Executive Compensation New Proxy Disclosure Rules Enhance the Pay Role of HR
As human resources executives take the lead in the proxy disclosure process under the SEC's new executive compensation rules, they are entering a new era of responsibility and engagement with the board of directors.
As head of human resources for the Hudson Highland Group, Margaretta Noonan was on the bleeding edge for submitting new proxy statements under the Securities and Exchange Commission’s executive compensation disclosure rules.
“No one has done these before, so there are no models, and it’s all new work,” she says of Hudson, which operates along a calendar year.
Like other top HR executives across the country, Noonan took the lead in drafting the required compensation discussion and ana¬lysis (CD&A) narrative and pulling together data for the tables. Hudson’s proxy statement weighs in at 39 pages. In many ways, Noonan produced the statement under optimal conditions, and Hudson is well positioned to withstand the scrutiny of shareholders who pore over the proxy of the Nasdaq-traded recruitment and talent management company. Noonan has an excellent relationship with the com- pany’s compensation committee, and Hudson’s executive compensation policies and practices are clear and easily defensible.
But other HR executives are struggling to draft the statements and are bracing for the new wave of criticism that will rain down on executive compensation as companies reveal the details of their executive pay packages, the total compensation paid and the peer group companies they use for benchmarking.
At the same time, the most forward-looking HR executives are using the proxy statement process to solidify their work at the top of the organization and draw attention to HR’s contribution to meeting corporate objectives.
“The new proxy disclosure rules have dramatically enhanced HR’s role,” says Ira Kay, global leader of the compensation practice at Watson Wyatt Worldwide. “At most companies, HR is either driving the proxy process or partnering with the general counsel.
“Prominent SEC attorneys have told me that HR should take leadership in the disclosure process because the rules require that companies tell their story and explain why they adopted their compensation policies. Lawyers don’t know the story.”
The next step in the proxy pro¬cess will hit as employees, shareholders and the media view the statements and ask for explanations of the levels of executive compensation, the relationship between pay and performance, and the purpose of non-performance-related elements in the package. HR executives will need an action plan for addressing these issues and communicating with stakeholders about the proxy information.
Deep in the proxy process
Hudson, with $1.4 billion in annual revenue, was in the first group of companies to fall under the new SEC rules, which apply to the fiscal year ending on or after December 15, 2006. The rules require disclosure of all forms of executive compensation, ending with a total compensation dollar amount that can be compared across companies, plus a compensation discussion and analysis section written in “plain English.”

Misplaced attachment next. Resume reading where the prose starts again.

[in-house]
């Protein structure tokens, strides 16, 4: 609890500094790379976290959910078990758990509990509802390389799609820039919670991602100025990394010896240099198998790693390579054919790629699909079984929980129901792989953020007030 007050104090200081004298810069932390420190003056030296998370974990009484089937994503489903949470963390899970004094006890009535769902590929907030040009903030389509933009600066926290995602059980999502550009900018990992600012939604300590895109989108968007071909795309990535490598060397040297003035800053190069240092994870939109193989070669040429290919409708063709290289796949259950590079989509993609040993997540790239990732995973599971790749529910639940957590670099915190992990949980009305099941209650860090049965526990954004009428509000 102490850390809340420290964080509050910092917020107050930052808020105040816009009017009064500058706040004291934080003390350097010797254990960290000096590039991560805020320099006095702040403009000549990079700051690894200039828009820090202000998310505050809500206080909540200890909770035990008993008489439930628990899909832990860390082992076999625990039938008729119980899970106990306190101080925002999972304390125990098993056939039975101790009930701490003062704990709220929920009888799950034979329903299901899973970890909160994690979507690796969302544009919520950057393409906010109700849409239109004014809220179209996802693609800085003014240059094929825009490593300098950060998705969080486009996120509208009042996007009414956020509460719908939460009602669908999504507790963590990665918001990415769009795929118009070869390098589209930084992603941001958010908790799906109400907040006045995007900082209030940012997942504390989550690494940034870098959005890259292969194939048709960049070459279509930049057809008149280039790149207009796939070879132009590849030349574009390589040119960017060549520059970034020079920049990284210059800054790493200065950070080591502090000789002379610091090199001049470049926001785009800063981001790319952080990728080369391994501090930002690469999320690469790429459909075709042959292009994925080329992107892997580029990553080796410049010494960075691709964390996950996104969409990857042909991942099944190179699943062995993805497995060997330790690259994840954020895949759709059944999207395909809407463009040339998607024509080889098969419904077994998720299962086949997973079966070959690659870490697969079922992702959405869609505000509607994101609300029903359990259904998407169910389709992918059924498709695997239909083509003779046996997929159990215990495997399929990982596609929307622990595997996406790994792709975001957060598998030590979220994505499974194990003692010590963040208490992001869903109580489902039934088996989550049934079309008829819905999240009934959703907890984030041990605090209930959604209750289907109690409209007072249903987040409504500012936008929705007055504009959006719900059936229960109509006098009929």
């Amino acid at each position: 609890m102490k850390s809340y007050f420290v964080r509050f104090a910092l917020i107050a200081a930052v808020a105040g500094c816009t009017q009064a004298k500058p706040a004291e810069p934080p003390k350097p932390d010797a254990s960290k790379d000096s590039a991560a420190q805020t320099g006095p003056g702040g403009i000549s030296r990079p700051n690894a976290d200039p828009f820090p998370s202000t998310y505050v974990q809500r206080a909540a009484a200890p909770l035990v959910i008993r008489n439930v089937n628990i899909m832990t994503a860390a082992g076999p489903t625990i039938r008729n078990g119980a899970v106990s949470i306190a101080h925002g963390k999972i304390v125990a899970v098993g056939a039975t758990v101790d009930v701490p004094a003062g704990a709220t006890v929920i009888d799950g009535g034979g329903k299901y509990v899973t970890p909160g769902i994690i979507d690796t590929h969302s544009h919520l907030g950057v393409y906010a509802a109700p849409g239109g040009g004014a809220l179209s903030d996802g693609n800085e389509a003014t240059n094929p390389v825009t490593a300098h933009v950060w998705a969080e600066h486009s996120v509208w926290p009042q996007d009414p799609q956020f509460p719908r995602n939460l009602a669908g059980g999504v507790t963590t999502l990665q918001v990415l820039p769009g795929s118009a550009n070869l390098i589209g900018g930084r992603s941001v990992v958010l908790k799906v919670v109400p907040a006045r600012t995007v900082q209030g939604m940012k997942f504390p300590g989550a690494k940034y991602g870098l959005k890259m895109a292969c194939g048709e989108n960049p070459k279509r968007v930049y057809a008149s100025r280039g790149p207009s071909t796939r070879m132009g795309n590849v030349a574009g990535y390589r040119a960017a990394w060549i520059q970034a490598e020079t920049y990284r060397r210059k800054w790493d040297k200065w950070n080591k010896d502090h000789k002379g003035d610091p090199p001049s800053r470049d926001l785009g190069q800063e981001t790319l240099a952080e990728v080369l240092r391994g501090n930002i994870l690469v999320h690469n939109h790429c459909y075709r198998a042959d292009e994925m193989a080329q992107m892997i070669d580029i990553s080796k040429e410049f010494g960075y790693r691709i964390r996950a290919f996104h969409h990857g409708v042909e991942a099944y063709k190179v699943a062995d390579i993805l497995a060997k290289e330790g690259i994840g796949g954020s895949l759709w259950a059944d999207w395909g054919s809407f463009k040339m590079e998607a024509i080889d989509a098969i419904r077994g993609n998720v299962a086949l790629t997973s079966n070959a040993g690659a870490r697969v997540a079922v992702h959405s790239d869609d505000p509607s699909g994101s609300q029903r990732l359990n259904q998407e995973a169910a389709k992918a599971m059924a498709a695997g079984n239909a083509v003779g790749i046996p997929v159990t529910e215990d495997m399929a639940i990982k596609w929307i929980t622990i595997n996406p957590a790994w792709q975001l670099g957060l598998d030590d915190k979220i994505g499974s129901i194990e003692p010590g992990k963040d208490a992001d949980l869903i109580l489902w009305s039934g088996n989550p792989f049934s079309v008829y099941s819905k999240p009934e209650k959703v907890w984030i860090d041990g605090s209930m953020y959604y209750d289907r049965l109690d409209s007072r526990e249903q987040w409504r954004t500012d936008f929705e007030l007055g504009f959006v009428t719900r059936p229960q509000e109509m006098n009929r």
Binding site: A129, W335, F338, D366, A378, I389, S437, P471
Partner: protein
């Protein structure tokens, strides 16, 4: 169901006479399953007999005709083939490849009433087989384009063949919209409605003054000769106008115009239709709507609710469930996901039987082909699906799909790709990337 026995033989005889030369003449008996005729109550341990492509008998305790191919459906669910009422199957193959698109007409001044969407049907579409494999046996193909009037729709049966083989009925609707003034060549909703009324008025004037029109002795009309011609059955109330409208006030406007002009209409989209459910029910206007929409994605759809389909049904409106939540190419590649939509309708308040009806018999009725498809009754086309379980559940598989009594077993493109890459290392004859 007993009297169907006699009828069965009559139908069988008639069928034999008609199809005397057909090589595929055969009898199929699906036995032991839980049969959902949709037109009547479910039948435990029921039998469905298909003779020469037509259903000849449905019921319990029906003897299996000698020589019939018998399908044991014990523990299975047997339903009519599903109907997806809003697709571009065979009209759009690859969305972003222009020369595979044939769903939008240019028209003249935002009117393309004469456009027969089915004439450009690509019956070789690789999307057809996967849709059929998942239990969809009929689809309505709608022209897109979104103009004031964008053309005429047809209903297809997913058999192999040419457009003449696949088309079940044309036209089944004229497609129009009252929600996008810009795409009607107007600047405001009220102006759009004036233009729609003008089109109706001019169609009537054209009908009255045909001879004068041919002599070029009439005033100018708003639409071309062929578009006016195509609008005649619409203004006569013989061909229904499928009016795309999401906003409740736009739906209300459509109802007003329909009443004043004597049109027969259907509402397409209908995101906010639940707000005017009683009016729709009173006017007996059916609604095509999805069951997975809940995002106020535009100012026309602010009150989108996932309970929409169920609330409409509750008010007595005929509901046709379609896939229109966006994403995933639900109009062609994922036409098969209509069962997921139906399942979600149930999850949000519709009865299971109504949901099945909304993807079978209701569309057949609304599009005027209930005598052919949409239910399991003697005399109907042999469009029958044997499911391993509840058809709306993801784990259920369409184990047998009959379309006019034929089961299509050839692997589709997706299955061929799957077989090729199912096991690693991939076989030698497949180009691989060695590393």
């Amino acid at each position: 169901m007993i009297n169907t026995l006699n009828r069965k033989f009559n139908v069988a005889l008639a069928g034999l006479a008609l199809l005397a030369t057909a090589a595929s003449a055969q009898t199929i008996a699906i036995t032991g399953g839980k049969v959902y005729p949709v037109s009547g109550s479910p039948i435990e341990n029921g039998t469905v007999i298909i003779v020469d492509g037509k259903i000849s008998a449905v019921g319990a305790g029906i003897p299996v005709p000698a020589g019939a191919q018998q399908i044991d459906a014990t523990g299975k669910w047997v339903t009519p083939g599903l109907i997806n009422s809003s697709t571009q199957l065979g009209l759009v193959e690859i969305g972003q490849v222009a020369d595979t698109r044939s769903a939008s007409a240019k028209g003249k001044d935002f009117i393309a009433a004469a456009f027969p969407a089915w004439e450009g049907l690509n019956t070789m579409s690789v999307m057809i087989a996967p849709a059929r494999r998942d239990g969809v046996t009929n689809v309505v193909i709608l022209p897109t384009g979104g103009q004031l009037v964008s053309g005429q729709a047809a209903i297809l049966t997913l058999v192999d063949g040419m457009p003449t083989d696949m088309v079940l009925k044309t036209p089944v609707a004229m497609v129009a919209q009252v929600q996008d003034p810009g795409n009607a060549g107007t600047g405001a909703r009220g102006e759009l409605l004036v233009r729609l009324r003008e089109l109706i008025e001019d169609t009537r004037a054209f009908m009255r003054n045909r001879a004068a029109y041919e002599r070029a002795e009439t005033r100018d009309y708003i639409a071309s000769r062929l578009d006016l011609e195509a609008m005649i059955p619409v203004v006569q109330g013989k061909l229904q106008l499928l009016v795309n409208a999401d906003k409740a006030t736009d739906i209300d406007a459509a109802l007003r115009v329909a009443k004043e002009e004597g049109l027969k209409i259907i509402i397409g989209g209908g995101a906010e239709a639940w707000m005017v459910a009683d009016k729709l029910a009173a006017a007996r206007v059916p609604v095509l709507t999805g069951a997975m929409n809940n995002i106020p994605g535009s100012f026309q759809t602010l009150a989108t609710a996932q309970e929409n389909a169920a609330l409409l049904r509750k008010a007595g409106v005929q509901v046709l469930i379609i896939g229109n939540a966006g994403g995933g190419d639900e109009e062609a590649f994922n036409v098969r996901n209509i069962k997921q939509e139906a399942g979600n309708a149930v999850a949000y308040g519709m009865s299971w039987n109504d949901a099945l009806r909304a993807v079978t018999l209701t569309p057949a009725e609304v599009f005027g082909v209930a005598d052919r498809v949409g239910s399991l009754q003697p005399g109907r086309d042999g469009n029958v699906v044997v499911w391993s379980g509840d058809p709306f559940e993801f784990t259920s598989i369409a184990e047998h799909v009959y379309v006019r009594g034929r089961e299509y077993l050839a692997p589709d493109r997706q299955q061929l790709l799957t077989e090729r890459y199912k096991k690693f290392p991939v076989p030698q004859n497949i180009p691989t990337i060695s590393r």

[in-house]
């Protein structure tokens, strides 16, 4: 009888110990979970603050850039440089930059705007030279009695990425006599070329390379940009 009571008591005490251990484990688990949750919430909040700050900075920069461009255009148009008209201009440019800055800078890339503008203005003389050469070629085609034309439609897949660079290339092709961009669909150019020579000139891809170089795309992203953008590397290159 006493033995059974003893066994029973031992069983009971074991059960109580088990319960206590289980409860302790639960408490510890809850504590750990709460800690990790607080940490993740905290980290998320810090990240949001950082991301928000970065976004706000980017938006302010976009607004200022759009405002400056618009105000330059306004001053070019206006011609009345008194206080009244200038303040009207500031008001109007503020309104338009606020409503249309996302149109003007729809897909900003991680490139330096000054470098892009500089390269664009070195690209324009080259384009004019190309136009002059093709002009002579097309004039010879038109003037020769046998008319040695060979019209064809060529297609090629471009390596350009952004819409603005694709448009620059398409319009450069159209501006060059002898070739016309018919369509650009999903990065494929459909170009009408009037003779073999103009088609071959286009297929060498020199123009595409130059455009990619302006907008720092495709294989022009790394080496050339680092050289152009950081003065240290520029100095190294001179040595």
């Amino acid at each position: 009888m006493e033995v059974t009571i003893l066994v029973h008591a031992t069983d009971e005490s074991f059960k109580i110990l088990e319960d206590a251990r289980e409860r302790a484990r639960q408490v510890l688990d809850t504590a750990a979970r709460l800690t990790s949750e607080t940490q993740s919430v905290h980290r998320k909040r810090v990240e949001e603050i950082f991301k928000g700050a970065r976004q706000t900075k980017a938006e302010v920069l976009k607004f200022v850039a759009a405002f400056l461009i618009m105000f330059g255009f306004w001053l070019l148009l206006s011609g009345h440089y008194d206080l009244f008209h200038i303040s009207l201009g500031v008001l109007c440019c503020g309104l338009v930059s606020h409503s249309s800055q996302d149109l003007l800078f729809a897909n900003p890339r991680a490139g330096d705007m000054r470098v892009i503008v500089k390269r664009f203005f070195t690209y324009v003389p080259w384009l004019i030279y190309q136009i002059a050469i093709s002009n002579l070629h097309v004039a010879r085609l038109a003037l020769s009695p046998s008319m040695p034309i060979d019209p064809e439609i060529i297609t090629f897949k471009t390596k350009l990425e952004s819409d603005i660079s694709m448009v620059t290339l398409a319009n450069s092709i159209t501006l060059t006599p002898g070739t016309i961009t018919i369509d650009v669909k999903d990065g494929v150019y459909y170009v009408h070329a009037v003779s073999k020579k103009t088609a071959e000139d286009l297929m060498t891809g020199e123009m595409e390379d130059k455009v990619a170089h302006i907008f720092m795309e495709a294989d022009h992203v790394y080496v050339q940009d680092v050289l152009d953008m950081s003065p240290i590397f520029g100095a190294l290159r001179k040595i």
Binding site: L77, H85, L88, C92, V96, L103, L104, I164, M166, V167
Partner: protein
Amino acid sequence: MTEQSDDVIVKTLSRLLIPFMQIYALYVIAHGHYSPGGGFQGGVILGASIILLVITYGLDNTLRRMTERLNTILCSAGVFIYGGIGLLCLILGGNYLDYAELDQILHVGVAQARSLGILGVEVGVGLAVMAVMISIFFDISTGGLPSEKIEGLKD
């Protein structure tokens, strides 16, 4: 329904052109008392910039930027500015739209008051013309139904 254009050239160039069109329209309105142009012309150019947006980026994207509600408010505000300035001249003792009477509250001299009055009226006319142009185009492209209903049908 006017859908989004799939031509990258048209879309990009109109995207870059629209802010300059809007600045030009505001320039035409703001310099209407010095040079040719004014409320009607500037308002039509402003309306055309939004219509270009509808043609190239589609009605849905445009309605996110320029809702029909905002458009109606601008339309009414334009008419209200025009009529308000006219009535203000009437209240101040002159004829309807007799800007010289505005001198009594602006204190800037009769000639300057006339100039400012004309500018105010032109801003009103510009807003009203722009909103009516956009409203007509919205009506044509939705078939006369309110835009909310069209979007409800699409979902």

“The arduousness of the task depends on how good the company’s systems and processes are,” says Doug Jensen, vice president and U.S. executive compensation practice leader for the Hay Group. “If they are in good shape, the company can simply pull all of the information out of those files. And if the company has already clearly articulated its compensation philosophy, it will be prepared for drafting the CD&A.”
At many companies, the proxy process will now begin in HR because it has the broadest knowledge of all the elements of compensation, notes Diane Doubleday, leader of Mercer Human Resource Consulting’s global executive remuneration business. The proxy materials will then move to finance, with its expertise in performance metrics and its awareness of and contact with Wall Street, and then to legal to ensure that there are no misleading statements so the proxy statement meets the regulations.
“HR tends to have strong project management skills and basic competencies that can help in the proxy process,” Doubleday says.
Hudson followed this basic approach. As executive vice president and chief administrative officer, Noonan leads the global team of HR and legal professionals throughout all divisions of Hudson and is also the primary staff person assigned to both the compensation committee and the nominating and governance committee. Noonan wrote the first draft of the CD&A narrative.
Noonan then circulated the completed draft to the internal legal team, the CFO and accounting, then sent it to Hewitt Associates, Hudson’s independent compensation consultancy, and to outside counsel. Then, over a five-day period, Noonan met with each compensation committee member to discuss the draft and get comments. With all the comments incorporated, the draft went to the board for approval.
Noonan’s work on the proxy statement benefited from the fact that Hudson operates with a board of six members with industry expertise, and the compensation committee includes John Haley, president, CEO and chairman of the board at Watson Wyatt Worldwide. Because the company’s business line is talent management, its executives and directors are well versed in compensation issues. Also, as a relatively new company, it can set policy without legacy hangovers. Hudson spun off from TMP Worldwide, Monster’s parent company, in April 2003.
The stated objective for the compensation committee at Hudson is to target market medians for base salaries, equity grants and benefits, with cash bonuses set above market medians for above-median performance. Exec- utives do not receive some of the most controversial forms of compensation, such as pensions and private jets. The company’s performance expectations are clearly articulated in incentive pay plans and stock ownership guidelines that call for ownership equal to 100 percent of base salary.
“We set executive compensation rules from the beginning and it all flows from that,” Noonan says. “The board members have the technical knowledge to design and implement our compensation policy. It all comes down to having the right people on the board and building the best relationships you can with them.”
Noonan prepares all the materials that go to the compensation committee, works directly with the chair to construct agendas, attends all committee meetings and executes the decisions made. Her work internally is to apply the philosophy set by the compensation committee and ensure that the same thinking is pushed down through the organization.